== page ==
All Manner of Deflation 

After reading Rachel Abrahamson's excellent article about goatheads ("The Trouble With Tribulus Terrestris L." BW, July 25, 2007), I was inspired to seek out and destroy any I could find in my alley. Once I got the photo off Wikipedia, I sure found plenty to rip up, and it felt good to do something for my fellow North End cyclists. Rachel mentioned that goatheads are used as an aphrodisiac in some cultures, which has me wondering if they are the same as Horny Goat Weed.

—Elle Kohut, Boise

At the risk of sounding like a biped supremacist, my loathing of goatheads is deeper than any puncture wound. Those little bastards, or their barbed seeds to be precise, have caused me to walk a disabled bicycle more miles than I care to remember. Yanking them out of the ground by their roots is far too good for them; they should suffer as much pain as they cause—if only to avenge the rain-soaked mountain bikers dragging themselves out of the Foothills and all the helpless pups limping around with perforated paws. Anything short of pouring buckets of boiling vinegar on the weeds is just coddling the worthless reprobates. I'm fairly certain there's plenty of case law to support justifiable vegicide.

Murderous feelings notwithstanding, your question is a good one. Though they share erotic reputations and caprine nicknames, the goathead plant and horny goat weed are very different. The target of my scorn is of the genus Tribulus, while horny goat weed goes under the classification Epimedium, and is a much more courteous flowering vine also known as Bishop's Cap. Goatheads, sometimes aptly called puncture vine, flourish in poor, sandy soil but are hearty enough to mine the pathways along most of the balmy regions of the world. They are actually fairly easy to recognize, in late summer, by the single, pea-sized yellow flower growing up from a flat patch of small, furry leaves and tiny vines. Admittedly, the fruit that grows from each flower is kind of cool: It's shaped something like an iron cross, and once dried, breaks apart into five, two-pronged nutlets—each quarter-inch spike capable of instantly turning a shoddily-shod hiker into a lacerated hater.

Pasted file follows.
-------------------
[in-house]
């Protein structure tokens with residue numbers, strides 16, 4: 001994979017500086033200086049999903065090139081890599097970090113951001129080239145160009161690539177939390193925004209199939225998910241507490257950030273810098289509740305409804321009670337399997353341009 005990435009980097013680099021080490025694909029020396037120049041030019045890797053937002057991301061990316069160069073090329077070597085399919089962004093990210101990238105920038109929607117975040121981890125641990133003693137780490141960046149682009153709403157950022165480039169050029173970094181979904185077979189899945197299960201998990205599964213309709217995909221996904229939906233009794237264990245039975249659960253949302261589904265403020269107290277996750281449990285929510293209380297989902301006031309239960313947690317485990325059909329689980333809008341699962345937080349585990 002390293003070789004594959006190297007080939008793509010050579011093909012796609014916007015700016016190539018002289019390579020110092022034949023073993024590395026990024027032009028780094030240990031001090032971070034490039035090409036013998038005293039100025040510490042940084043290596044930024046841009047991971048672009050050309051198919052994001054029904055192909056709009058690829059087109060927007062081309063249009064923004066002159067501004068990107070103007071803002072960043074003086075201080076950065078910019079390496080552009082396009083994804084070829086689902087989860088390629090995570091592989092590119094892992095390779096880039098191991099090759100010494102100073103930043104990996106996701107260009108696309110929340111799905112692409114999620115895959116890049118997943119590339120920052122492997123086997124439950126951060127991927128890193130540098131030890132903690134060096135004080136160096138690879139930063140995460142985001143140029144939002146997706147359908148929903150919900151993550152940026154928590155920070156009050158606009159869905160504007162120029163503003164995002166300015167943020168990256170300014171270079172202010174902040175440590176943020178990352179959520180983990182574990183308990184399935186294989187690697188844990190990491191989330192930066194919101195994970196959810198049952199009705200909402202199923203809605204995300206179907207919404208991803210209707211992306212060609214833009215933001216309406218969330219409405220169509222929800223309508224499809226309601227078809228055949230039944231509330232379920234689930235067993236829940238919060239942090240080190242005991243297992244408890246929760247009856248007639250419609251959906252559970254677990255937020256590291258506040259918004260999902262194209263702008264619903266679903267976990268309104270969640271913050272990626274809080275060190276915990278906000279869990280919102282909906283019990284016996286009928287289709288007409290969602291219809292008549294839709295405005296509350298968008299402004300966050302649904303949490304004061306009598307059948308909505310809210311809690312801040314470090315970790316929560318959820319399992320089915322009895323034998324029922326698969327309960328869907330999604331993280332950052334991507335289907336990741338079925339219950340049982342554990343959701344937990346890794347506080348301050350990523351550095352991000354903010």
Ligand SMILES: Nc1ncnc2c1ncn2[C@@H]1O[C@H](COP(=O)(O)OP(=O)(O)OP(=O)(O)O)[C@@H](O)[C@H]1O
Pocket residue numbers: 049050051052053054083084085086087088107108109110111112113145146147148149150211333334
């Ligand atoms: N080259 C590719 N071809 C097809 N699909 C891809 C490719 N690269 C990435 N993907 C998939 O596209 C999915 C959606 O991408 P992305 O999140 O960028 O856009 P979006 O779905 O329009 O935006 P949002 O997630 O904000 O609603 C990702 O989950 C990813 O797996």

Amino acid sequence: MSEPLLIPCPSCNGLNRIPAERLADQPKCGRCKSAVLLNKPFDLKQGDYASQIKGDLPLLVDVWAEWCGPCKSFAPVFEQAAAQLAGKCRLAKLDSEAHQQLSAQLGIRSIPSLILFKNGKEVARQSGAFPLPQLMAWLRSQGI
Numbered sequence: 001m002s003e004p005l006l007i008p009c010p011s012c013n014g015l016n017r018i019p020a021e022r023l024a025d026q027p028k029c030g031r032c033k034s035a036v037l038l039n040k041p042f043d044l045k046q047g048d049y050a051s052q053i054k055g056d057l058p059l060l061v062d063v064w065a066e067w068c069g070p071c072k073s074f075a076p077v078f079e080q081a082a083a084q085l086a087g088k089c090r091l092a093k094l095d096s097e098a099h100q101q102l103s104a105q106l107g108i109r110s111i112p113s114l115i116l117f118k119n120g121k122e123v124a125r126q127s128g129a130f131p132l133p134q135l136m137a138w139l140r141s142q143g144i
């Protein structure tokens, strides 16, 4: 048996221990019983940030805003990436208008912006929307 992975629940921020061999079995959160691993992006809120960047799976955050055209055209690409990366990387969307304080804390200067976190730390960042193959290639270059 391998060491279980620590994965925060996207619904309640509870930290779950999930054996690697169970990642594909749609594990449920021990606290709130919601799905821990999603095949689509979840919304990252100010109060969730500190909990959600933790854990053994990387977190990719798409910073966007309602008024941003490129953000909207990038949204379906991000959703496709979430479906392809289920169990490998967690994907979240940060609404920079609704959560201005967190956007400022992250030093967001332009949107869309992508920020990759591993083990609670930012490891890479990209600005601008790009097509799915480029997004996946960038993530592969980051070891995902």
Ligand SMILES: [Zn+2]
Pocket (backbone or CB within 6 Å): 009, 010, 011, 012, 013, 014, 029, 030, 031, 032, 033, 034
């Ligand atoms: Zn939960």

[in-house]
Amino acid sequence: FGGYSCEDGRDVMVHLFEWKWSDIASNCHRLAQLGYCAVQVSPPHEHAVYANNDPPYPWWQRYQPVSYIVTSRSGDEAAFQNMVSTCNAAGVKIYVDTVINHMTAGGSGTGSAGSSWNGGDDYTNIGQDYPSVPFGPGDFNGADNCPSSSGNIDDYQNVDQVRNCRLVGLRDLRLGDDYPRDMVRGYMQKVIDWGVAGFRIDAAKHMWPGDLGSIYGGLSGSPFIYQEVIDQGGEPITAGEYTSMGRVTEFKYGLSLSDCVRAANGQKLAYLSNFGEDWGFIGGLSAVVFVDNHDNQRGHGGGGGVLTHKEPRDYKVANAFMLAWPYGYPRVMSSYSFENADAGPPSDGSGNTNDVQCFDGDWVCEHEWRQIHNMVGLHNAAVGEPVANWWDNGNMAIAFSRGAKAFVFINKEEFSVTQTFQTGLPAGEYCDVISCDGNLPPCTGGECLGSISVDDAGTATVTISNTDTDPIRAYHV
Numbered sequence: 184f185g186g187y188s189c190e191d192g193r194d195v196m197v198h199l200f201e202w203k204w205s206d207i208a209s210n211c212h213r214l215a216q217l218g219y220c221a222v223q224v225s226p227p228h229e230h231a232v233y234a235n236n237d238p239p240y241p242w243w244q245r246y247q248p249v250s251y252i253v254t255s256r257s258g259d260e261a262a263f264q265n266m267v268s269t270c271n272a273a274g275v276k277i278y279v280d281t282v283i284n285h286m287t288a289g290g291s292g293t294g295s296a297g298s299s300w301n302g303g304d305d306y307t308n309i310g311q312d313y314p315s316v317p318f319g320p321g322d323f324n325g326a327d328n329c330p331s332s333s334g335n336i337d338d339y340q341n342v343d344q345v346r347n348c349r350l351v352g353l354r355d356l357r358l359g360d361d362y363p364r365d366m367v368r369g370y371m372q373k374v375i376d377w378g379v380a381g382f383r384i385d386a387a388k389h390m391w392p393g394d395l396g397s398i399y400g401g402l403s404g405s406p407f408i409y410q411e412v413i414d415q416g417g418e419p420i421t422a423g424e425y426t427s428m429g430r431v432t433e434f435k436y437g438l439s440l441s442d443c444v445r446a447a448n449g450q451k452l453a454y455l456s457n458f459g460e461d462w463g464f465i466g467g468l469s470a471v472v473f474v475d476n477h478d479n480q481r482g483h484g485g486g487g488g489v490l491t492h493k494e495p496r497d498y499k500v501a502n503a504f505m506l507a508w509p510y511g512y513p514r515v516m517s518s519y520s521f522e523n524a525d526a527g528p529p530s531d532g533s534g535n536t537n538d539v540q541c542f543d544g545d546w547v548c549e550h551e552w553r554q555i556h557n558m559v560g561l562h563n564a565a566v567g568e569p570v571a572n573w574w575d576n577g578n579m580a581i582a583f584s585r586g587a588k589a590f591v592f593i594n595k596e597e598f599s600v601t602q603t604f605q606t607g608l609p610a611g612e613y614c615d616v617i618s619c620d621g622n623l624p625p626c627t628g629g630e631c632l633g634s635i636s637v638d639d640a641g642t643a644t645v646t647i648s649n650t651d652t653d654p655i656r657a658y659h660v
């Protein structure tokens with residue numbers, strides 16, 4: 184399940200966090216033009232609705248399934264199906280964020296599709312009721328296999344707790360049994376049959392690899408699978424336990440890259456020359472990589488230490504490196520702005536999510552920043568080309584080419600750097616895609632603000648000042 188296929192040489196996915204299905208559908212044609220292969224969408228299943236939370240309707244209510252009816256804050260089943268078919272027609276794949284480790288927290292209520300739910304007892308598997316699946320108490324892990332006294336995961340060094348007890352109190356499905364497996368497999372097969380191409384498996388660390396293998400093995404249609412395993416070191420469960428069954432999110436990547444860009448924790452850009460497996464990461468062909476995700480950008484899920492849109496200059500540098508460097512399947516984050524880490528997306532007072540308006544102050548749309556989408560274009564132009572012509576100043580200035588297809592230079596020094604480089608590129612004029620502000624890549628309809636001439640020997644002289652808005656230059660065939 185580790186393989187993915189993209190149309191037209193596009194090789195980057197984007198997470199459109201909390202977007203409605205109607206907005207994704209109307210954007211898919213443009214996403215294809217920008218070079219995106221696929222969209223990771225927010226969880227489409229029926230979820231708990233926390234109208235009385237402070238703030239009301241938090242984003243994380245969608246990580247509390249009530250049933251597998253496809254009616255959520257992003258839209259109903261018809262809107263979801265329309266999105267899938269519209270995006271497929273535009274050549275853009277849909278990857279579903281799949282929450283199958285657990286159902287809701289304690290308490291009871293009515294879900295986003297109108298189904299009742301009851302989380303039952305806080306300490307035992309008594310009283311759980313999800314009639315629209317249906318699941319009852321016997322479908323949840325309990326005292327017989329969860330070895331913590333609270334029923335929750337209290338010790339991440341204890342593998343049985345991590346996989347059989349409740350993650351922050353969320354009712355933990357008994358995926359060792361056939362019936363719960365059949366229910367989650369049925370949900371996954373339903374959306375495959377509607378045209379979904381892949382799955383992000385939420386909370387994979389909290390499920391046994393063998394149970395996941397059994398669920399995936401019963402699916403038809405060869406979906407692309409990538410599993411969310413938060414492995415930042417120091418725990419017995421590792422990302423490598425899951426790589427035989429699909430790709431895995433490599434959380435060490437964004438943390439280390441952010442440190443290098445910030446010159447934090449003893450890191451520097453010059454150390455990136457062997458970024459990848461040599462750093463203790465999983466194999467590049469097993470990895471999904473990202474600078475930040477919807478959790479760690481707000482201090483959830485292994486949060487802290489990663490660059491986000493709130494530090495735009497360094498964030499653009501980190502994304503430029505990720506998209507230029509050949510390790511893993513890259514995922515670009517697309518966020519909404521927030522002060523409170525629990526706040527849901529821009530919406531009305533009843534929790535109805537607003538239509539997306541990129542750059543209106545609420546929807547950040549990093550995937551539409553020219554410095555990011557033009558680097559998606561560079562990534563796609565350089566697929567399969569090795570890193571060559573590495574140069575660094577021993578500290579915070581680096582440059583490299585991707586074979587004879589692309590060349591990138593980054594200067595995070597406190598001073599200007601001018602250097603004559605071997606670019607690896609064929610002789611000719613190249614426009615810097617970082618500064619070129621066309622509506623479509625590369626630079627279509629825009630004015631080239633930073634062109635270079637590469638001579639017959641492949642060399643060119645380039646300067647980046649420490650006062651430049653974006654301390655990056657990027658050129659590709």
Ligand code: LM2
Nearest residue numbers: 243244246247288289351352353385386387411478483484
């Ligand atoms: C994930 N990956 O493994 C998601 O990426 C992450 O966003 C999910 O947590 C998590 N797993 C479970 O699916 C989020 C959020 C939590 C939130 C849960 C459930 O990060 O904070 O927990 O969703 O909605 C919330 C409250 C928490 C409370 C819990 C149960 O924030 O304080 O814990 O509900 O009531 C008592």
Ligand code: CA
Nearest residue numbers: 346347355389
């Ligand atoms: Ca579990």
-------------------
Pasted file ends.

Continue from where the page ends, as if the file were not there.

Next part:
In Ayurvedic medicine, the traditional Indian system of health, puncture vine gained a reputation as a libido-enhancer and is known to practitioners as goksura. Ayurveda also employs the plant for treatment of hair loss, urinary difficulties and as an all-around energy booster. According to The Encyclopedia of Indian Medicine, crushing those demon seeds in a little goat urine produces a fine remedy for kidney or urinary tract stones. Fortunately, I suppose, kidney stones are agonizing enough to convince a person that drinking a goat urine cocktail might be a good idea. Lest you dismiss the tonic as quickly as I, one modern study has actually shown goksura to be effective against these stones—at least in rats (who, clearly, aren't quite so picky about their beverages).

Western science has also tried to validate the goathead's status as an aphrodisiac—and early studies looked promising: One Bulgarian project indicated that extracts increase testosterone levels and muscle mass in men, and a study in Singapore demonstrated an increase in copulating activity among rats (even castrated ones). News travels fast, so in their usual fashion of premature elaboration, supplement manufacturers quickly added Tribulus to bodybuilding formulas and sexual stimulants. Further investigation with controlled research, however, has clearly shown no effect on strength or muscle mass, and little effect on testosterone beyond the normal range (the jury is still out on erectile enhancement). But one small discovery that might have muscle-heads rethinking the supplement and joining my anti-goathead militia: It just might cause a guy to grow man-breasts.

Apparently, Tribulus has its strongest effect luteinizing hormone (LH), a glycoprotein responsible for the production of both testosterone and estradiol. As the most powerful of the natural estrogens, estradiol is primarily responsible for development of female sex characteristics, like breasts. And, if that possibility doesn't make a chap lose whatever arousal he may enjoy, then the fact that sheep eating the plant often expire from hind limb paralysis and liver pathology probably should.

Furthering a self-serving agenda, might I suggest to those body builders combating sexual frustration to channel it into a worthwhile project like, say, goathead eradication? I'm sure I could find some military research showing that merciless destruction raises testosterone levels and may, therefore, be therapeutic. It also might help me to have some big fellas around in the alley; I'm a little nervous about running into angry bicycle repair guys.

Dr. Ed Rabin is a chiropractor practicing at Life Chiropractic Center in Boise. Send 2,4-D and health-related questions to theantidote@edrabin.com (on the Web at www.edrabin.com).

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